Benefits of DEI
As stated earlier, the benefits of DEI are multi-faceted and lead to a more engaged workforce and, as a result, better business performance. Benefits of DEI include:
- Hiring top talent
- Having a more engaged workforce
- Retaining top talent
- Having a diversity of viewpoints and, as such, making better decisions
- Increasing employee engagement and productivity
Some Say DEI Is Toxic- Is It?
Some push back on DEI concepts. DEI in itself is not a negative thing, though at times it’s implementation leaves a bad taste in people’s mouths. Arguments against DEI include that DEI is toxic and actually can create reverse discrimination. The reality is that proponents of DEI, need to walk their inclusive talk- even with DEI dissenters. Statistics show that DEI is somewhat of a political issue as “about 78% of Democratic and Democratic-leaning workers said that focusing on DEI at work is a good thing, as compared with 30% of Republican and Republican-leaning workers” (HR Dive). Because of this, competing narratives can cause confusion and create hesitancy. This is a very real issue that companies need to take into account with implementing DEI initiatives.
The goal is that DEI initiatives create a better environment through developing a diverse, inclusive, and equitable workplace. The vast majority of people can get on board with this goal, so it’s up to companies to implement DEI in a way that hears the voices of all involved. Granted, this can be tricky!
As mentioned earlier, one of the benefits of being a leader in DEI initiatives is better business outcomes. This benefit has been supported with several research studies. For example:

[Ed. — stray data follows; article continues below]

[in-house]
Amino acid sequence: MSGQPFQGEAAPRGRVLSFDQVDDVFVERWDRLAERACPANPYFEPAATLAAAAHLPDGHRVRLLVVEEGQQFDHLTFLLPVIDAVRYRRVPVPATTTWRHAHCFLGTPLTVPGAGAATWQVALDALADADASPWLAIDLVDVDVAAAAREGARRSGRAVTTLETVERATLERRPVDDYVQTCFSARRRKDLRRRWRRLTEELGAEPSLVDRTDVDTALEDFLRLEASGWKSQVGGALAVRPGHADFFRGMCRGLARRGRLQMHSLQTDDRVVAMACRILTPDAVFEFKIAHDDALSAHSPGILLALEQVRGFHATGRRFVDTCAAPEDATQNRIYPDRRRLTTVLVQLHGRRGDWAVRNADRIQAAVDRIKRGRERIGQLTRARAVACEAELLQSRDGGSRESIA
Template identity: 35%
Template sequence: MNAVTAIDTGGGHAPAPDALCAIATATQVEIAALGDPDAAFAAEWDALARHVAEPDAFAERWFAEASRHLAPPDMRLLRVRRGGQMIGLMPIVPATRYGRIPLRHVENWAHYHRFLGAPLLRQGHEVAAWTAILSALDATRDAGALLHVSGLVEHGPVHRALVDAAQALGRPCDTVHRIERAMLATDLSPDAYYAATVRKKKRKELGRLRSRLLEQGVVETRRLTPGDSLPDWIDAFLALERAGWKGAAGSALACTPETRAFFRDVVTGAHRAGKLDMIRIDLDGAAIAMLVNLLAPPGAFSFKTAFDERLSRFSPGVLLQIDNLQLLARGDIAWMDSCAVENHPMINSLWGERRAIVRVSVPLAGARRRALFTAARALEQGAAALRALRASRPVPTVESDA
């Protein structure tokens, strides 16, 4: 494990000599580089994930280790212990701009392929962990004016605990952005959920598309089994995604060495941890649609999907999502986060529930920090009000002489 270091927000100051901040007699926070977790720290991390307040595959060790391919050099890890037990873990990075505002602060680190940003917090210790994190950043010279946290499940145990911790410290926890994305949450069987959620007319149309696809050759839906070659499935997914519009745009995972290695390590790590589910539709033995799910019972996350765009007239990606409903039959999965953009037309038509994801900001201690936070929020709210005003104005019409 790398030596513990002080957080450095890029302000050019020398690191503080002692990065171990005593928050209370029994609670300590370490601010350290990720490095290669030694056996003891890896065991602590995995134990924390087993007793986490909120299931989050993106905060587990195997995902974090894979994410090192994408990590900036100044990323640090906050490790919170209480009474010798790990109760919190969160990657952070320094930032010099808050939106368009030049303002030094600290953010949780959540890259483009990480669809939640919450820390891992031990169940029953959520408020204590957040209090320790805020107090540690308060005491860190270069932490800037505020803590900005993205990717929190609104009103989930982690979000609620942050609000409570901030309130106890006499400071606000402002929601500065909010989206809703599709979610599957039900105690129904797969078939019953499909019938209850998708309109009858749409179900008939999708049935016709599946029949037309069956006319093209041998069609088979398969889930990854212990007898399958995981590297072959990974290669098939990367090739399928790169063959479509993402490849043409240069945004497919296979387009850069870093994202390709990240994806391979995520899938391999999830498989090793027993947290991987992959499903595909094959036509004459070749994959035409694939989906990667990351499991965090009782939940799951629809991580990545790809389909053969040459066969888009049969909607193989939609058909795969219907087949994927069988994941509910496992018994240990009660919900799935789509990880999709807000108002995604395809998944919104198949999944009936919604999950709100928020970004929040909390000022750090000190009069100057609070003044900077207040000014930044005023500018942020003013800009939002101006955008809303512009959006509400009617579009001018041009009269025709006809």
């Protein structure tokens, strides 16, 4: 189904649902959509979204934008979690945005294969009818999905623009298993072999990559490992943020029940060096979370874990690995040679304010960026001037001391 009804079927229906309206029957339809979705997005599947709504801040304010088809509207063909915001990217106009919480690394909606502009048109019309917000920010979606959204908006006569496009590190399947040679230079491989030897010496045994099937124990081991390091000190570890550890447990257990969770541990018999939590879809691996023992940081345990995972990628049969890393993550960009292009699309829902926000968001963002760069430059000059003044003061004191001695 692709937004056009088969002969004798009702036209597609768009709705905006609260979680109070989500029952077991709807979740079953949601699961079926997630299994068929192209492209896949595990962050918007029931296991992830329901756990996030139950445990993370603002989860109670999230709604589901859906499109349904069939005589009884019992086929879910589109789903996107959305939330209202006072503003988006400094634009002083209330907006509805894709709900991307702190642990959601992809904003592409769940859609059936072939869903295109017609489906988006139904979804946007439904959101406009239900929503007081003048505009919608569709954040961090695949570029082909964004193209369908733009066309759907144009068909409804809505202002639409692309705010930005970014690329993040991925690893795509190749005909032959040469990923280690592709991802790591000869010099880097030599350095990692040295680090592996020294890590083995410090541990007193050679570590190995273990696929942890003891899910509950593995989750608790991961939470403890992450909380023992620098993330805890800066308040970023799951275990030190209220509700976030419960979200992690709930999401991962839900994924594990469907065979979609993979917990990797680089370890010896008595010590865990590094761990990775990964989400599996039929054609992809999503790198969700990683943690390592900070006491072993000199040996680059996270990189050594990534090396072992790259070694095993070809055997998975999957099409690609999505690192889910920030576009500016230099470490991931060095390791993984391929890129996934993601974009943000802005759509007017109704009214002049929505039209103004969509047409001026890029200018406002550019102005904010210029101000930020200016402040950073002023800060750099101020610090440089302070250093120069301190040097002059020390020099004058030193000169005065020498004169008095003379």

- Per a LinkedIn study, over 70% of employees and job seekers considered diversity an important aspect to consider when determining which job to choose
- Per Pew Research, nearly 60% of works thought focusing on DEI at work is a good thing
- Per McKinsey, companies that deliver on gender and ethnic diversity have better financial performance than laggards in the field
Therefore, DEI assesses the diversity, equity, and inclusion initiatives an employer has. Companies that excel in DEI generally perform better. Reasons they perform better include: more diverse points of view, more engaged employee base, etc. Employers can set up goals to monitor their progress on achieving a diverse, equitable, and inclusive workforce. For example, employers can track the percent of leadership that are women. Given the importance of DEI, it is fair game to ask about companies’ DEI initiatives during the interview process. For example, you can ask about employee resource groups for LGBTQIA+ individuals. To get tips on how to ask these questions to interviewers, consider getting 1:1 coaching with an ex-MBB consultant here.